Writing Clean Abstractions

Writing Clean Abstractions

Abstractions make things appear simple. This is one of the main concepts behind OOP. So what is it?! This talk will provide some guidelines on how to build abstractions that are extendable and scalable. Throughout the talk using examples Smit will try to differentiate between good and bad abstractions. He will talk about various ways of how to write clean, non-leaky and mature abstractions and present examples of same.

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smit thakkar

August 03, 2019
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Transcript

  1. Writing clean abstractions Smit Thakkar

  2. README.md • Software Engineer at Dubizzle • Founder of Zypher

    • Open source organizations I have been part of ◦ Gluster ◦ Ngui • Former Chapter Lead of GDG Gandhinagar • Github: github.com/smitthakkar96 • Linkedin: linkedin.com/in/smitthakkar96 • https://zypher.tech
  3. What is an abstraction?

  4. T O W E R O F A B S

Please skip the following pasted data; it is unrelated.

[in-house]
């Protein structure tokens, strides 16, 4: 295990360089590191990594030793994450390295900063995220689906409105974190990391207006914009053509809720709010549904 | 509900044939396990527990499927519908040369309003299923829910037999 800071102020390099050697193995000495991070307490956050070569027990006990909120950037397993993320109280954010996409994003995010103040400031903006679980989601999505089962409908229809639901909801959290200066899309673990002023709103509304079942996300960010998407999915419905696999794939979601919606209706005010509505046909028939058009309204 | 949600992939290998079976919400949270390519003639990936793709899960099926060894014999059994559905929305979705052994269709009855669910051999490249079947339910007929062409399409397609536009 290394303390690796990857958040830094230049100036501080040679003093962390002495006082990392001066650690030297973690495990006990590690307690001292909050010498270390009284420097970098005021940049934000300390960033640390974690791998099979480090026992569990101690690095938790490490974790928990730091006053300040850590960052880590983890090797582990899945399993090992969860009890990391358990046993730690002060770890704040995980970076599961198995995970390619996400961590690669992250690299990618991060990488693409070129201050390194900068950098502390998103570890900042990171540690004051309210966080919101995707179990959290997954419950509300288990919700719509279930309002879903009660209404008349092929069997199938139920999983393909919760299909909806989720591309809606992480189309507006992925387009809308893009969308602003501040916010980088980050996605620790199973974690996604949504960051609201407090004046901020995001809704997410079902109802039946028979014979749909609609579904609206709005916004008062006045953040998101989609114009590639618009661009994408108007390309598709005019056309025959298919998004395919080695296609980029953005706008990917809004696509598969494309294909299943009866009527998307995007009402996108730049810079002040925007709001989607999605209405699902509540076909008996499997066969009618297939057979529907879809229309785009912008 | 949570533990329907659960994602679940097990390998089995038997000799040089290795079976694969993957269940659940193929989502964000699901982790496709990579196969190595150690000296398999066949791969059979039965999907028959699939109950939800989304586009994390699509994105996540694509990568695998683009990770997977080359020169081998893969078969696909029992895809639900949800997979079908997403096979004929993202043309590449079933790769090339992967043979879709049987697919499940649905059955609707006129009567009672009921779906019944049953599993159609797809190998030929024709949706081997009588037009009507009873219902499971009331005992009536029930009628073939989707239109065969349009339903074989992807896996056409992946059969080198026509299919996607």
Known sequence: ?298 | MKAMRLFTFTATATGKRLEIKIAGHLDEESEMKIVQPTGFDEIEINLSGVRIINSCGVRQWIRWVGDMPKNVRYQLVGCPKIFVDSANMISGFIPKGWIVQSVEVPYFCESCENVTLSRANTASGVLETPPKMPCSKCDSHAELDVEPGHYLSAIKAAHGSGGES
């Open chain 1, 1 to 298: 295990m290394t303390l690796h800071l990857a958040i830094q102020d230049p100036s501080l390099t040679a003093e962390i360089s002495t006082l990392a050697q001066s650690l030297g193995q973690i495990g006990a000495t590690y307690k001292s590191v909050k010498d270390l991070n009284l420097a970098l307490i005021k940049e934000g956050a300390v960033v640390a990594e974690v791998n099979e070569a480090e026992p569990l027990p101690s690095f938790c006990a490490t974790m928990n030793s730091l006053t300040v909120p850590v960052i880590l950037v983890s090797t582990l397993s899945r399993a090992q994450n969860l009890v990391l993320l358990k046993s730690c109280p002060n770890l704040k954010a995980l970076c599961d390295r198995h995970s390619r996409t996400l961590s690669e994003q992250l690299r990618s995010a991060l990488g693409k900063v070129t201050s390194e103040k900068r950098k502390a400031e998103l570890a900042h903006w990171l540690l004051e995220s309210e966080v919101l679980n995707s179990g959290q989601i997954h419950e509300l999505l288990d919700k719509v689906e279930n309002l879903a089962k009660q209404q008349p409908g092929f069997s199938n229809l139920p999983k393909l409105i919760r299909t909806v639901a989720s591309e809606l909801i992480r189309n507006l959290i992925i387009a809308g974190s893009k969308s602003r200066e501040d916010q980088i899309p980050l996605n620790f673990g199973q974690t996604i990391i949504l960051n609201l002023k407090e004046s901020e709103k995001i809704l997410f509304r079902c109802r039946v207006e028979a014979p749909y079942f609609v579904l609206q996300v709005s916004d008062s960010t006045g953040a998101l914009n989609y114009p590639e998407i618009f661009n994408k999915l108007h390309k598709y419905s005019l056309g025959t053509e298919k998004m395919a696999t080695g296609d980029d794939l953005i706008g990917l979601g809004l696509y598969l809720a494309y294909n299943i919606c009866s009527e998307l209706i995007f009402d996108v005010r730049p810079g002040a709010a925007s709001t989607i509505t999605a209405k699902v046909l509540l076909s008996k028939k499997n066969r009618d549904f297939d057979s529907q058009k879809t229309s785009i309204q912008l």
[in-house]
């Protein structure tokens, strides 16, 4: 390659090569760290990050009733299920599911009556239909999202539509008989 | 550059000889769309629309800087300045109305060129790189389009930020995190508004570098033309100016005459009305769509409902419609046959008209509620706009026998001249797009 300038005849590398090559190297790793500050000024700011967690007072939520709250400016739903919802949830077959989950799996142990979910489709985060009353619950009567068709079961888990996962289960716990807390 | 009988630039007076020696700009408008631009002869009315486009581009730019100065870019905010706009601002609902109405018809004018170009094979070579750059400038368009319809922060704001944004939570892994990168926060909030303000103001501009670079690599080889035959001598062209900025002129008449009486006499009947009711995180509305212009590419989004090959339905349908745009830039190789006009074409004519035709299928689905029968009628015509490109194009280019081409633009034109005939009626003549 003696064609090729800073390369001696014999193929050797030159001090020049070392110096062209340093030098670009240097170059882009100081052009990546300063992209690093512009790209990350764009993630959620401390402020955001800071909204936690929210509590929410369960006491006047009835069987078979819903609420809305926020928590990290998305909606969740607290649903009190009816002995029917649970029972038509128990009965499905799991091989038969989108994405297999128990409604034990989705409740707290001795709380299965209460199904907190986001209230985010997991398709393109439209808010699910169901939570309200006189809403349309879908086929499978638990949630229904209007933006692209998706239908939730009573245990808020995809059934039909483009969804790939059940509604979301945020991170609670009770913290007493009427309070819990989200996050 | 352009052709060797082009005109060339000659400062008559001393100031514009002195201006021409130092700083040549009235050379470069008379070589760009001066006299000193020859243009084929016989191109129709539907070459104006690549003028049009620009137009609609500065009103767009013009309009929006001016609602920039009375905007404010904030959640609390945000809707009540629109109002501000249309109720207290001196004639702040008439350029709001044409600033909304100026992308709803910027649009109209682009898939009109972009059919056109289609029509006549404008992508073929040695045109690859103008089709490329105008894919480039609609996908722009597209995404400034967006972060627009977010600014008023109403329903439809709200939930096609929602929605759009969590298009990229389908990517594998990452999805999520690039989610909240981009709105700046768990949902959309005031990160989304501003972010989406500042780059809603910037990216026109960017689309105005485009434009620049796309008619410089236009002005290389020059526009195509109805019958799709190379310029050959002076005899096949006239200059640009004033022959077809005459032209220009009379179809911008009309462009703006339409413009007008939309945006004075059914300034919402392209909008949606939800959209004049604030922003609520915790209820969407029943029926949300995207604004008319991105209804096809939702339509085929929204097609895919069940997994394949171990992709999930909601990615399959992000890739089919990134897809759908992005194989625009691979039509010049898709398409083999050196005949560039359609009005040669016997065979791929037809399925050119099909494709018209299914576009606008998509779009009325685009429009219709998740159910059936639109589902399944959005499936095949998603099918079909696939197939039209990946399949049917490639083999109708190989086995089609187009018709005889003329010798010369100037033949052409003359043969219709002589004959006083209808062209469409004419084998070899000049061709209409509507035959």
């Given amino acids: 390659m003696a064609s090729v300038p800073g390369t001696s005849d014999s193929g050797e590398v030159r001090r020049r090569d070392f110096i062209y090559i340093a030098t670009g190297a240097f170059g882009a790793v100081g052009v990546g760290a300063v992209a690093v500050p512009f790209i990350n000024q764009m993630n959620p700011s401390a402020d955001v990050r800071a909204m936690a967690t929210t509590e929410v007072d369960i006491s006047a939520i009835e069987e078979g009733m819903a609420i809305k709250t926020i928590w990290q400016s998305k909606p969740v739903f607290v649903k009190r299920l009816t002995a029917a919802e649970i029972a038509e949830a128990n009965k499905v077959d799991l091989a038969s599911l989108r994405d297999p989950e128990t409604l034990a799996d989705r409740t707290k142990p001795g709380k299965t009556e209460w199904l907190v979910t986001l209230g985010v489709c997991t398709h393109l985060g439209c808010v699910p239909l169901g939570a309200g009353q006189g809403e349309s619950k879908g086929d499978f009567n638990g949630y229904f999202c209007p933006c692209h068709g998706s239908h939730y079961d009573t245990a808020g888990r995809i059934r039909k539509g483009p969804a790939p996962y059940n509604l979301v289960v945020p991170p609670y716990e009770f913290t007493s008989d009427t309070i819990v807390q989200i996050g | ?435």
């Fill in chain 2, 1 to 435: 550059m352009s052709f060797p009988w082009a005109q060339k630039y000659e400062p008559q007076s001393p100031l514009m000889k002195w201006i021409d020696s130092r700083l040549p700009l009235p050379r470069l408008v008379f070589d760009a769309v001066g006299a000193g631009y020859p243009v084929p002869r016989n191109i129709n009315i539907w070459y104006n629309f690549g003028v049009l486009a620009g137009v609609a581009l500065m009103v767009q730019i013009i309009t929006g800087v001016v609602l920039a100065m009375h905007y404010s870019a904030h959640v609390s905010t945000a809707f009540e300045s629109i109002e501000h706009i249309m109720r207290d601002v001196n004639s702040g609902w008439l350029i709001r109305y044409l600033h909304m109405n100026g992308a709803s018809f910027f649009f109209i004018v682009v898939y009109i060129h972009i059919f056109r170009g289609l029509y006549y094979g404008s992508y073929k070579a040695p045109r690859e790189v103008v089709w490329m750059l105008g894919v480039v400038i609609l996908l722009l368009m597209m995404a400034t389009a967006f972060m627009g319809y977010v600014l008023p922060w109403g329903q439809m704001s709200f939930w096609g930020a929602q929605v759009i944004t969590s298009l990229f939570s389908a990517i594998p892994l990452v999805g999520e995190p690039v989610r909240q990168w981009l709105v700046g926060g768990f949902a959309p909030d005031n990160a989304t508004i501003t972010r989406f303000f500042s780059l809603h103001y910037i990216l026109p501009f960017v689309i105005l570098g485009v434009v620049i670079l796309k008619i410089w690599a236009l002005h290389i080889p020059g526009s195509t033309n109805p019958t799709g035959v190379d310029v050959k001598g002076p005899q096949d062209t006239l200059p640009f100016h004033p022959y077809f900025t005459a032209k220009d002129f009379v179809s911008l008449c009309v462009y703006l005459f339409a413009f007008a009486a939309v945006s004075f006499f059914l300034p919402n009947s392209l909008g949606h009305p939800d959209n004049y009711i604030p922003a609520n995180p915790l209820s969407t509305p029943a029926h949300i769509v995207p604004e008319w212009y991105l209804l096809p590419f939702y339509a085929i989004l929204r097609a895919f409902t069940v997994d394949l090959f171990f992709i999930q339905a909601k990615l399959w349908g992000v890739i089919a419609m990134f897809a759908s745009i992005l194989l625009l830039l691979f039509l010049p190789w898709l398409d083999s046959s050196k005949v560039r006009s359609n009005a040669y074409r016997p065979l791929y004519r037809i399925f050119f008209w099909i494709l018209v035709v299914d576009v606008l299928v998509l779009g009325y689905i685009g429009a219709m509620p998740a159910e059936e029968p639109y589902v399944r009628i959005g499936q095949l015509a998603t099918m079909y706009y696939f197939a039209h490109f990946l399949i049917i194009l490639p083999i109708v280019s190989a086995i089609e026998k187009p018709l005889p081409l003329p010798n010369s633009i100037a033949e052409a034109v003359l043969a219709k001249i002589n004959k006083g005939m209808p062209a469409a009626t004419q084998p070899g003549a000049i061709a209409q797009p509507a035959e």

T R A C T I O N S
  5. Abstractions gives us leverage. It lets us do much more

  6. Strong Abstractions vs Weak Abstractions They are classified based on

    the degree to which complexity is encapsulated. - A strong abstraction encapsulates lot of complexity not necessarily a good thing - A weak abstraction on the other hand encapsulates very little complexity but it’s not necessarily a bad thing.
  7. All sufficiently useful abstractions leak, Examples

  8. Formation of bad abstraction

  9. Example #2 public interface A { public void Add(Customer customerToAdd);

    public void Delete(Customer customerToDelete); public void Update(Customer customerToUpdate); public IEnumerable<Customer Find(Predicate<Customer> searchCriteria); } public interface A { public void Add(int customerId, string customerName); public void Delete(int customerId); public void Delete(Customer customer, string customerId, bool shouldValidate = false); public void Update(Customer customer); public void OpenDatabase(string connection); public bool ShouldUseFileInsteadOfDatabase { get; set; } public List<Customer> GetAllCustomers(); public IEnumerable<Customer> GetAllCustomersAsEnumerable(); public bool Connect(); public List<DatabaseRecord> GetAllDatabaseRecords(bool isSqlServer); public List<DatabaseRecord> GetSingleCustomer(int customerId); public void Close(int handle, bool shouldClose); public void Close(int handle, bool shouldClose, bool alt); }
  10. So how can I go around building a good abstraction?

  11. SID • Single Responsibility • Interface Segregation • Dependency Inversion

  12. Example:

  13. Things can come crashing down if you do it wrong

  14. None
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